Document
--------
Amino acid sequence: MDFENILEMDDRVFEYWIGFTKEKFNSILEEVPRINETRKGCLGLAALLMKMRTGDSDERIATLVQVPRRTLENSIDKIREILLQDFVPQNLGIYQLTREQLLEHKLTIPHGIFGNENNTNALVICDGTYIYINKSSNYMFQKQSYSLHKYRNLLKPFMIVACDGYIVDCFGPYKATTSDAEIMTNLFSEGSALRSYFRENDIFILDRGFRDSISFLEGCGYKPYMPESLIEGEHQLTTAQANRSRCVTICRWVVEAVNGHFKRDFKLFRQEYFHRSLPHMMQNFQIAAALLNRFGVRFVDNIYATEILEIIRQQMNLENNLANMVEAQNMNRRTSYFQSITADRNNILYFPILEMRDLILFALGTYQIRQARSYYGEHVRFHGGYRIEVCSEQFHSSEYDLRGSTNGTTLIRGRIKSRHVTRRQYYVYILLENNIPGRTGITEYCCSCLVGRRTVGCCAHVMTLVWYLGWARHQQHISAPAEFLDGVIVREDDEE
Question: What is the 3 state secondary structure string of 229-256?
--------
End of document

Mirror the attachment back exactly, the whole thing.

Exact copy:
Amino acid sequence: MDFENILEMDDRVFEYWIGFTKEKFNSILEEVPRINETRKGCLGLAALLMKMRTGDSDERIATLVQVPRRTLENSIDKIREILLQDFVPQNLGIYQLTREQLLEHKLTIPHGIFGNENNTNALVICDGTYIYINKSSNYMFQKQSYSLHKYRNLLKPFMIVACDGYIVDCFGPYKATTSDAEIMTNLFSEGSALRSYFRENDIFILDRGFRDSISFLEGCGYKPYMPESLIEGEHQLTTAQANRSRCVTICRWVVEAVNGHFKRDFKLFRQEYFHRSLPHMMQNFQIAAALLNRFGVRFVDNIYATEILEIIRQQMNLENNLANMVEAQNMNRRTSYFQSITADRNNILYFPILEMRDLILFALGTYQIRQARSYYGEHVRFHGGYRIEVCSEQFHSSEYDLRGSTNGTTLIRGRIKSRHVTRRQYYVYILLENNIPGRTGITEYCCSCLVGRRTVGCCAHVMTLVWYLGWARHQQHISAPAEFLDGVIVREDDEE
Question: What is the 3 state secondary structure string of 229-256?